Think about this for a minute. Bristol is dismissed for its alleged peripheral location, but Manchester is not! And what about other high growth towns and cities excluded from the sample on the basis that the study compared only the largest cities? There is a degree of circularity in this argument: large cities are best for growth as long as you only look at large cities.
Powerhouse rhetoric and the dark side of Devo
Meantime, powerful voices such as the Centre for Cities are loudly proclaiming that government funding for the Northern Powerhouse should be concentrated in larger cities. Using what I would argue is a distorted reading of agglomeration economics. Their case is that big cities are best placed to benefit from government investment and deliver higher growth. The irony here is that this ignores evidence also from the Centre for Cities about the high growth of some smaller cities. It is difficult not to be sceptical about an approach to national spatial policy which commits substantial public resources to develop infrastructure and maintain growth in London, while cutting expenditure elsewhere. If nothing is done about London’s continuing role as a subsidy junky, then everywhere else is left fighting for what remains.
Increasingly, as I look at the devolution deals emerging in Manchester and elsewhere, I worry that laudable attempts to devolve power are camouflaging profoundly damaging austerity measures. Government, it seems to me, gives with the one hand (devolution) and takes with the other (austerity). There is, then, a ‘dark side’ of Devo Deals. They come wrapped up with local responsibility for what is labelled as public sector reform. These reforms, such as those addressing ‘troubled families’, are often justified by the imagined capacity of local actors to achieve ‘efficiency’ savings through what is known as ‘demand management’, drawing on local expertise and better policy coordination across institutions.
Where’s the accountability?
Some of these interventions will no doubt work. But who will pick up the tab if and when some of these experiments fail? How do we hold those responsible to account? Elected mayors may be better than nothing, but it is still hard to see how other local leaders will be held to account when operating through the auspices of Combined Authorities.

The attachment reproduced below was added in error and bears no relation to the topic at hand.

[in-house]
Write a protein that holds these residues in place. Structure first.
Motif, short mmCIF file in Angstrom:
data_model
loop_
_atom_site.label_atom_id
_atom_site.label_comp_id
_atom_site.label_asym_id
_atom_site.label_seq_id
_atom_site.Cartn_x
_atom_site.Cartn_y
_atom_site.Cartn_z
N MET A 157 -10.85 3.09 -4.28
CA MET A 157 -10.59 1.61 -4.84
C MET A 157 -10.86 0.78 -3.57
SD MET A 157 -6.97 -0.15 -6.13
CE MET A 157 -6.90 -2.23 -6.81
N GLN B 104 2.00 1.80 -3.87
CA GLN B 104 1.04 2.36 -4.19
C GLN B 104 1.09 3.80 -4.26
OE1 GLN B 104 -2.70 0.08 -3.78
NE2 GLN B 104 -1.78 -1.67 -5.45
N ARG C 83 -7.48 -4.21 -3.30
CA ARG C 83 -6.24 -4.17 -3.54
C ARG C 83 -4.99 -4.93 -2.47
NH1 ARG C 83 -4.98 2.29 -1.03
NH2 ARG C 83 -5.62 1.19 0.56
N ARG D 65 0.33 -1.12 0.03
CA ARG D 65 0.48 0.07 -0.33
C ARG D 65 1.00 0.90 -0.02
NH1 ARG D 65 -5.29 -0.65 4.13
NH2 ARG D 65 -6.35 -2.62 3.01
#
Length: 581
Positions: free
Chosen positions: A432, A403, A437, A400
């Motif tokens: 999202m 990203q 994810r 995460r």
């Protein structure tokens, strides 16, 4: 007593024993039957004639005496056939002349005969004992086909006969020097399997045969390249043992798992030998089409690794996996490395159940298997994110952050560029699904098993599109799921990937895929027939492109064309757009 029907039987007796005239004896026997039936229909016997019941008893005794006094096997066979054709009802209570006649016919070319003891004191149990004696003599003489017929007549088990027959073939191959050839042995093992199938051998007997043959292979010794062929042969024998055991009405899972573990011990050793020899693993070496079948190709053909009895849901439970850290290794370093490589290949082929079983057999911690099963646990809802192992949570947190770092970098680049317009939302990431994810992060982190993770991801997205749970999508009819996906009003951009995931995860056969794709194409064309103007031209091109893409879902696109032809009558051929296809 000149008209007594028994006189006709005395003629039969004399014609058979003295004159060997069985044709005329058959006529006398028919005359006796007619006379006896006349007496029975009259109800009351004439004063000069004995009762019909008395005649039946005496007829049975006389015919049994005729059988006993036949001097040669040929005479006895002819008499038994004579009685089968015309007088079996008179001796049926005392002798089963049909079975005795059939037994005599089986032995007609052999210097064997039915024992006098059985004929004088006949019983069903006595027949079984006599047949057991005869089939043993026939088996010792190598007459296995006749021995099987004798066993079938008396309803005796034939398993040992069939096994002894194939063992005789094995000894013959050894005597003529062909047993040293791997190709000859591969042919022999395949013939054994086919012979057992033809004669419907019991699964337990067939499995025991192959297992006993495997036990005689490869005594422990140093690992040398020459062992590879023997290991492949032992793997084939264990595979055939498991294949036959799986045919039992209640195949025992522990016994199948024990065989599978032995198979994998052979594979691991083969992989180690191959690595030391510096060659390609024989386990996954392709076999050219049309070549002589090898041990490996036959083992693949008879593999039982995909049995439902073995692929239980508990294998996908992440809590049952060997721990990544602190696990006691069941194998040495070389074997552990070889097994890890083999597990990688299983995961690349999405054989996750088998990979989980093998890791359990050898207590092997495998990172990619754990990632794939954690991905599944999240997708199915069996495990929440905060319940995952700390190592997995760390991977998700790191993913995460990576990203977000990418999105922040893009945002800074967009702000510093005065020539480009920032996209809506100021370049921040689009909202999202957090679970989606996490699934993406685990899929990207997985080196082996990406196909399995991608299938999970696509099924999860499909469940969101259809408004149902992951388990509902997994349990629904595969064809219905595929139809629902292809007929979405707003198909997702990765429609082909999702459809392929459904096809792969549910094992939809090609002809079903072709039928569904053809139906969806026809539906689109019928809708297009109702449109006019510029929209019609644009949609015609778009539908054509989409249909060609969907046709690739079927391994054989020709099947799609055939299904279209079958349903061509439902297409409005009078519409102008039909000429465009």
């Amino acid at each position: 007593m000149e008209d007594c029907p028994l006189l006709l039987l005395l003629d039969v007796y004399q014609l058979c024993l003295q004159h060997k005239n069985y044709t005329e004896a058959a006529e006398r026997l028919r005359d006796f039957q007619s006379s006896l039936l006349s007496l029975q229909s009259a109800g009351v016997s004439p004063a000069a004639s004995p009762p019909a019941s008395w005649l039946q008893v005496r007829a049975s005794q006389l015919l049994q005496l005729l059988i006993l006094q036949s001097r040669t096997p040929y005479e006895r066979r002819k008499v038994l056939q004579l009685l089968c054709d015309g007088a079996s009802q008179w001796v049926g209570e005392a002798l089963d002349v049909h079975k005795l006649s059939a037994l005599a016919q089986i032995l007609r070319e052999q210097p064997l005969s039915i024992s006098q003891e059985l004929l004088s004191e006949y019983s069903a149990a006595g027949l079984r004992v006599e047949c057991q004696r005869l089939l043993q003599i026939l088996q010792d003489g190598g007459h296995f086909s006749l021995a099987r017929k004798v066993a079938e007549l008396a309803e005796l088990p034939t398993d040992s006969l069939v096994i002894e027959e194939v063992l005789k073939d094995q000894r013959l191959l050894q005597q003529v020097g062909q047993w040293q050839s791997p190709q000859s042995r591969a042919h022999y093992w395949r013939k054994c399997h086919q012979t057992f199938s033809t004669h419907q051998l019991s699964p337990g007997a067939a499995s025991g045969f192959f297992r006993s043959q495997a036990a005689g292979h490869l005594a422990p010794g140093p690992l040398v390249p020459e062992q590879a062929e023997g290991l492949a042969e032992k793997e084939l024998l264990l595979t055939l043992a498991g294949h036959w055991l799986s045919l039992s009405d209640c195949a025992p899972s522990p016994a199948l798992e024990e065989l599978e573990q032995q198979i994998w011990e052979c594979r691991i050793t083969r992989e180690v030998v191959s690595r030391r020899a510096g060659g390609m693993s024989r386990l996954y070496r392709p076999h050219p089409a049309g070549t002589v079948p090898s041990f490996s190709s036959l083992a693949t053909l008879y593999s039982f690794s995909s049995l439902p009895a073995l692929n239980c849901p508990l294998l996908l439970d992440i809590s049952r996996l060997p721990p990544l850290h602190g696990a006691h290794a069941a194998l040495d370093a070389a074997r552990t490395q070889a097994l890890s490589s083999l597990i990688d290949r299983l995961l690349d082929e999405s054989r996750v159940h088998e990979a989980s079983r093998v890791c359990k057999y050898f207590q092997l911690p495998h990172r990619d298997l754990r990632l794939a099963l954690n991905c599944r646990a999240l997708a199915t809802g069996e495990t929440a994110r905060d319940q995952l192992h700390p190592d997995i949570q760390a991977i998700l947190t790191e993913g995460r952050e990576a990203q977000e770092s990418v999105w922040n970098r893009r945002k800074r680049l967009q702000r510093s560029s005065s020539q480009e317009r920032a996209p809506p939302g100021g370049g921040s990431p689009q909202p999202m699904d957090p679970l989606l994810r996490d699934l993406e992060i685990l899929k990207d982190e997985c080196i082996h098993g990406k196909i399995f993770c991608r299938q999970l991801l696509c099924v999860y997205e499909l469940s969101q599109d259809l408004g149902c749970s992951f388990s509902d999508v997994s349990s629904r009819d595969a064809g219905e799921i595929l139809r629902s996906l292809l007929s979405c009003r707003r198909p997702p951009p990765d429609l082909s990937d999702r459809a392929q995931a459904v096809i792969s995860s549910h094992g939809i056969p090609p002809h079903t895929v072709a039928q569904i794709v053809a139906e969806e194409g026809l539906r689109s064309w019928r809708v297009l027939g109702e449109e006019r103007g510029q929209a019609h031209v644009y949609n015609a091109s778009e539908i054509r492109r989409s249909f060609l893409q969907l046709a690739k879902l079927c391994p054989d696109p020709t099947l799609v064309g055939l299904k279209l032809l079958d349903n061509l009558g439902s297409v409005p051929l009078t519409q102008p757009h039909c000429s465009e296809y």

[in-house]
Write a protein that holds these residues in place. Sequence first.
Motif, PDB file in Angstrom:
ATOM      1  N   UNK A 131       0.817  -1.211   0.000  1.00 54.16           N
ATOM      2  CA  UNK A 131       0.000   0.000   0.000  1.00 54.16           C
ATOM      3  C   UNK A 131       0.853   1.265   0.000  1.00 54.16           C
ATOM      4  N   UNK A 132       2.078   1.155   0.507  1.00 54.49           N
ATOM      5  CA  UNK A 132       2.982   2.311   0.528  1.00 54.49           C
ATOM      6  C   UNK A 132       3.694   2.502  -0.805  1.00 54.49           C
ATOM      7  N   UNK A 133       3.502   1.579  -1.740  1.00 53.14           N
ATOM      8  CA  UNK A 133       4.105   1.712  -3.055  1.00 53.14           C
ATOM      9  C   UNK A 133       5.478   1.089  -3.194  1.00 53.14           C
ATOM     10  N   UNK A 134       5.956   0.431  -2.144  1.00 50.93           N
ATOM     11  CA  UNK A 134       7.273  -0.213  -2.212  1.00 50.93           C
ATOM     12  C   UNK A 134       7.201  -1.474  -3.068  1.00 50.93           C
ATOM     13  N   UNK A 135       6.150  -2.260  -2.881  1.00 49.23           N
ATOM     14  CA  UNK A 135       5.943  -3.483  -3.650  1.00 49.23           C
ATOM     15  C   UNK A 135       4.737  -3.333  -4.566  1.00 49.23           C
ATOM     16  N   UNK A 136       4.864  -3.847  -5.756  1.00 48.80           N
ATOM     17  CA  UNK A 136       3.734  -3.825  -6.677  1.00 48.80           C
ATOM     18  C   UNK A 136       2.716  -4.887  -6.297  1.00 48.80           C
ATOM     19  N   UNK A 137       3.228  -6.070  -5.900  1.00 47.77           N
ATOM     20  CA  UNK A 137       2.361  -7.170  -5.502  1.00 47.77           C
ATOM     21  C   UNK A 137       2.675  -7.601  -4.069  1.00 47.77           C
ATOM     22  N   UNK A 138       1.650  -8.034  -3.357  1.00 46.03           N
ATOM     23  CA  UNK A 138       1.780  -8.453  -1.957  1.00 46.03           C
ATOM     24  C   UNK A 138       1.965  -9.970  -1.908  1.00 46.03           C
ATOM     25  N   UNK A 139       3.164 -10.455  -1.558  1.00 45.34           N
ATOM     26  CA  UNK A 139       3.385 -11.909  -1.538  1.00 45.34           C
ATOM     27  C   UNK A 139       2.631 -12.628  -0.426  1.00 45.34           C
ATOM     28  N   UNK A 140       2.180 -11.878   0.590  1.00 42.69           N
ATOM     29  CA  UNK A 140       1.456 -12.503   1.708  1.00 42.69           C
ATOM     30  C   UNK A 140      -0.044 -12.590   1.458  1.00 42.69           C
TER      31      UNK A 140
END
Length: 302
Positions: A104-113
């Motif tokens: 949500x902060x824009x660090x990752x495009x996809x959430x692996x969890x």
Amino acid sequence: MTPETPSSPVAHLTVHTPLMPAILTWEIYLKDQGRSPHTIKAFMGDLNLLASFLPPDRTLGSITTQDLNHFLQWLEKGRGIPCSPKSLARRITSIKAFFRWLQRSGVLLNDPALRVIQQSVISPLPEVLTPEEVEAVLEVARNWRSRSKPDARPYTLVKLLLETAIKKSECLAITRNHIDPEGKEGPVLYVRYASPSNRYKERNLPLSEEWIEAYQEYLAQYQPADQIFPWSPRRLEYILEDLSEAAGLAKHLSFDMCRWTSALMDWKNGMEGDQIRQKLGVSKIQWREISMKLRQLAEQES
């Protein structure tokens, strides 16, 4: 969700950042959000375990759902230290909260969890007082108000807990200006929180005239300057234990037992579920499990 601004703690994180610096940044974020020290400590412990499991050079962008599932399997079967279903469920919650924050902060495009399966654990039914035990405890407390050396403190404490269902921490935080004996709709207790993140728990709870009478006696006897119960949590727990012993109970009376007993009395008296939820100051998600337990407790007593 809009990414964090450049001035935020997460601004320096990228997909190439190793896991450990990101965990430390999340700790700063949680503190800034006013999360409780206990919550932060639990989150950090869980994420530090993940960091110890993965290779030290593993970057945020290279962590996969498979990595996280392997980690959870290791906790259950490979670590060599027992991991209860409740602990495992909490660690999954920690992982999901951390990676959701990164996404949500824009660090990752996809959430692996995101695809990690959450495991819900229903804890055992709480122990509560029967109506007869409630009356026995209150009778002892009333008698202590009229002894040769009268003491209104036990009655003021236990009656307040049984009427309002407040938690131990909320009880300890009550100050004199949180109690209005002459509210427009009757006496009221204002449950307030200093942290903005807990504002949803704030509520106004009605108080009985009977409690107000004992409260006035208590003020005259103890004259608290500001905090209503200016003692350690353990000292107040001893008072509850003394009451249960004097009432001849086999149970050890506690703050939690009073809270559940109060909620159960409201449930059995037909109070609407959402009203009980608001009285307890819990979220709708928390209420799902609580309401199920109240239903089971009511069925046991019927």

What are DevoManc and the Northern Powerhouse then? I think empty phrases that masquerade as having an intellectual basis of sorts, but are actually best seen as political resources, strategies or tactics, being used by certain interests to privilege their own position relative to others. They are power grabs drawn up by those with a clear strategic intent but seized upon by opportunists of all hues to further their own agendas, whilst limited opportunities exist for public disagreement and consideration of alternatives.
Did anyone ask residents of Greater Manchester whether our local NHS and social care services should be merged, or whether we thought the relevant authorities were competent in what they already do, never mind taking on more? No. This is presented as a fundamental innovation – and it is – but it was carved up in back-room deals and not presented for meaningful public debate.
As a long-term advocate of devolution, I genuinely hope the current deals work well and that my fears are proven groundless. But even if the current devolution deals do prove successful in cities such as Manchester, there are challenges for those living in other areas. Smaller towns and rural areas will lose out, if the larger cities get preferential treatment from government on the grounds of tendentious assumptions about their unrivalled potential to drive national economic growth.
And for Manchester itself, there is a risk that promised efficiency savings from public sector reform fail to appear and local councils are left struggling to meet growing demands for services.
The likely government response – ‘well you asked for it’ – will be of little consolation.